We have discussed Facebook and how it relates to adoption several times on this blog. If you are interested in more information on having a healthy and ongoing relationship as a birth parent, adoptee, or adoptive parent on Facebook, we suggest you read our official Facebook recommendations or listen to the Adoption STAR Podcast on the effects of the internet and social media on adoption. Today’s post is on creating a safe Facebook page for you or your child once they are of age to have their own page. Facebook’s official stance is that no one under the age of 13 should have a Facebook page.
In order to change the privacy settings of an account you need to:
1. Click on the upside down triangle in the top right corner right next to the “Home Tab”
2. Click on the “Privacy Settings” tab from the drop-down menu
3. Scroll down on the “Privacy Settings” page and click “Edit Settings” under “How You Connect”
4. Once you select edit settings the pop up menu pictured below will appear.
You will now see different settings for security.
1. The first setting is asking who can find your (or your child’s) profile.
– Facebook gives you the options of choosing to make the profile visible to the public, to friends of your Facebook friends, or just your Facebook friends. By choosing only “friends,” you are making it difficult for the Facebook profile to be found and allowing you or your child to send their invitations to friends and family members without being found by anyone unknown.
2. Who Can Send Friend Requests:
– The second customizable option is, “who can send you a Facebook request.” If you make your or your child’s profile private to everyone but friends, it would be very difficult to receive a friend request. However you still may want to make this option “friends of friends” which means, in order to send you or your child a friend request, a person must at least know another friend first.
3. Who can send you Facebook Messages
– Facebook allows you to restrict who can send a Facebook message to you or your child. Your options are making it public for anyone to send you a Facebook message (if they can find your profile), making it so that only friends of friends can send a Facebook message (again, only if they can find the Facebook profile), or making it so that only friends can send a Facebook message.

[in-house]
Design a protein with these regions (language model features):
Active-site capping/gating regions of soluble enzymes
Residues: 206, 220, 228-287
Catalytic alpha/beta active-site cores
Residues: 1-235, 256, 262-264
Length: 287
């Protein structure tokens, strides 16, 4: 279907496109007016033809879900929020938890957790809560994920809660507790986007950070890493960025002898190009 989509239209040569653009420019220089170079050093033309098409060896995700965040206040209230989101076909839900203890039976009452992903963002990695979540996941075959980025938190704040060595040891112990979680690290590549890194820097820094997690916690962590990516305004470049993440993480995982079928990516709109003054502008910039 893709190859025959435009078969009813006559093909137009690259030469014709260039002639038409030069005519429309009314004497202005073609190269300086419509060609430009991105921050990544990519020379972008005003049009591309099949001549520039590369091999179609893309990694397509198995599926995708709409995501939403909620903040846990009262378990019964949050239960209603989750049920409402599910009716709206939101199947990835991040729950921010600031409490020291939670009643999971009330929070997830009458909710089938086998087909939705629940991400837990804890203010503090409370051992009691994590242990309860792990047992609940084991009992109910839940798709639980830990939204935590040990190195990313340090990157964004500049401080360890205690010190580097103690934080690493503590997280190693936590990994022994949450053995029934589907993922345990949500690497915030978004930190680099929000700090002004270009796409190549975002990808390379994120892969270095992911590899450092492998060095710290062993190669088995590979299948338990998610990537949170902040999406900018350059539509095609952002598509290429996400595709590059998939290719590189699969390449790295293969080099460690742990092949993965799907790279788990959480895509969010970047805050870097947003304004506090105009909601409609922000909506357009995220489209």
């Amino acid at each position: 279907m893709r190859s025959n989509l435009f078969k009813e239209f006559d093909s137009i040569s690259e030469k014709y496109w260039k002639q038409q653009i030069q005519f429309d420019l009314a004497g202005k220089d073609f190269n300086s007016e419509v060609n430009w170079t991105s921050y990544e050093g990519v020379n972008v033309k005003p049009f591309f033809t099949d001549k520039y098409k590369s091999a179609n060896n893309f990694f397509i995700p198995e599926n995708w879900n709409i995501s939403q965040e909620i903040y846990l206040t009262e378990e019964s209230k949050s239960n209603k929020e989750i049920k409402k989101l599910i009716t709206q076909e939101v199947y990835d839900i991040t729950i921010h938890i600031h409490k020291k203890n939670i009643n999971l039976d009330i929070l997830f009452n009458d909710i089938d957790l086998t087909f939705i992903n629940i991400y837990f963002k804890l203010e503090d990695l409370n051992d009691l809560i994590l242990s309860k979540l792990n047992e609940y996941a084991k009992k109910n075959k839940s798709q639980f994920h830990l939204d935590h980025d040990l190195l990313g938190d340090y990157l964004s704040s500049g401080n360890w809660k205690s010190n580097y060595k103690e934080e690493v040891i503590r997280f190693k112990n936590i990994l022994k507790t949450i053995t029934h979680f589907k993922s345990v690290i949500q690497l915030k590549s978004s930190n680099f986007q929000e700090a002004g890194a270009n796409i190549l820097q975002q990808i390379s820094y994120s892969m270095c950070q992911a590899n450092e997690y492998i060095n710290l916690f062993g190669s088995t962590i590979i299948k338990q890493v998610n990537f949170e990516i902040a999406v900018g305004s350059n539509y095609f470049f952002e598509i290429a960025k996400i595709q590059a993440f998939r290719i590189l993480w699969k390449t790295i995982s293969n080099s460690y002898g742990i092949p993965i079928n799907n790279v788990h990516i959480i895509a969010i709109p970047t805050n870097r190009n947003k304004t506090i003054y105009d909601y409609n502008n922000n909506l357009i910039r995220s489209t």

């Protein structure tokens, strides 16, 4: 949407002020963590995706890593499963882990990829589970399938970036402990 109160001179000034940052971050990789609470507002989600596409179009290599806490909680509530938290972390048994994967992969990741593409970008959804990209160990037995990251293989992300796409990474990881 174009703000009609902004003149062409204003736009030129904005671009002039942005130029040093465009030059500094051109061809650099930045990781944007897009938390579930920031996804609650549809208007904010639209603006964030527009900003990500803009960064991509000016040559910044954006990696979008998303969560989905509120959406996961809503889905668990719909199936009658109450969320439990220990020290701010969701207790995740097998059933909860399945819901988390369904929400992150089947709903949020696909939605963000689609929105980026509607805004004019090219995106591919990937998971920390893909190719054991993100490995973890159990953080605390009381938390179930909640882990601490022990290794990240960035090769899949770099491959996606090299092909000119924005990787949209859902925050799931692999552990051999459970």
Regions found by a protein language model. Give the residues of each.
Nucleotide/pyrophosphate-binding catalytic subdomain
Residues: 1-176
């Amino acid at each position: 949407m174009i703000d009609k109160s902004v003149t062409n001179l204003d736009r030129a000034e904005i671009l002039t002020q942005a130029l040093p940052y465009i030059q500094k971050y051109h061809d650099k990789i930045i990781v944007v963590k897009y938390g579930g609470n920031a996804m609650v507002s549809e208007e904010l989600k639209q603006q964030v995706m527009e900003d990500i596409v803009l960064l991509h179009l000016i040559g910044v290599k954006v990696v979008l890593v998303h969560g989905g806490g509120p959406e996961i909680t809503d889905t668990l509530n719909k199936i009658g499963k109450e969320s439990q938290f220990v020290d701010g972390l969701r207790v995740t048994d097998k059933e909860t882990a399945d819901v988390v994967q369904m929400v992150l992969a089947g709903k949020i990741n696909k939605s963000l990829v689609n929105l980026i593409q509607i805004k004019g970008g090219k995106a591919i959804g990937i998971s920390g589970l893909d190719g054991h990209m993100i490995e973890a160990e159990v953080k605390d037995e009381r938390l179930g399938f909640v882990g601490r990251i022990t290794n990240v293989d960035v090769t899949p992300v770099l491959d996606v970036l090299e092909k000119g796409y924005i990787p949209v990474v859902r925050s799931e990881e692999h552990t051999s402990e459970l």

4. Who can post on your wall
– This security option allows you to decide if you want to let Facebook friends write on your or your child’s Facebook wall. The other option is allowing just the Facebook “user” to write on his/her own wall by creating status updates.
5. Who can see wall posts by others on your wall post
– If you decide to allow people to allow friends to write on the Facebook wall, then this security option will allow you to decide who can see what friends write. Your options are making your or your child’s wall visible to the Facebook community (though only friends could write on the wall), visible to friends and friends of friends, visible to only friends, visible to only the Facebook user, or to customizable people. This last option allows you to decide who can see yours or your child’s wall among the Facebook friends.
While staying up to date on these security options is great, it’s important to always remember, and to stress to your children, that the internet is written in ink and despite your best efforts to make Facebook private, anything written has an opportunity to become public knowledge. You also want to make sure if you are allowing your younger children to have their own Facebook page, that you are friends with them so you can view their activity.
My sister and I are in our 20’s and my mom is still stalking away on our profiles, don’t be ashamed to do the same!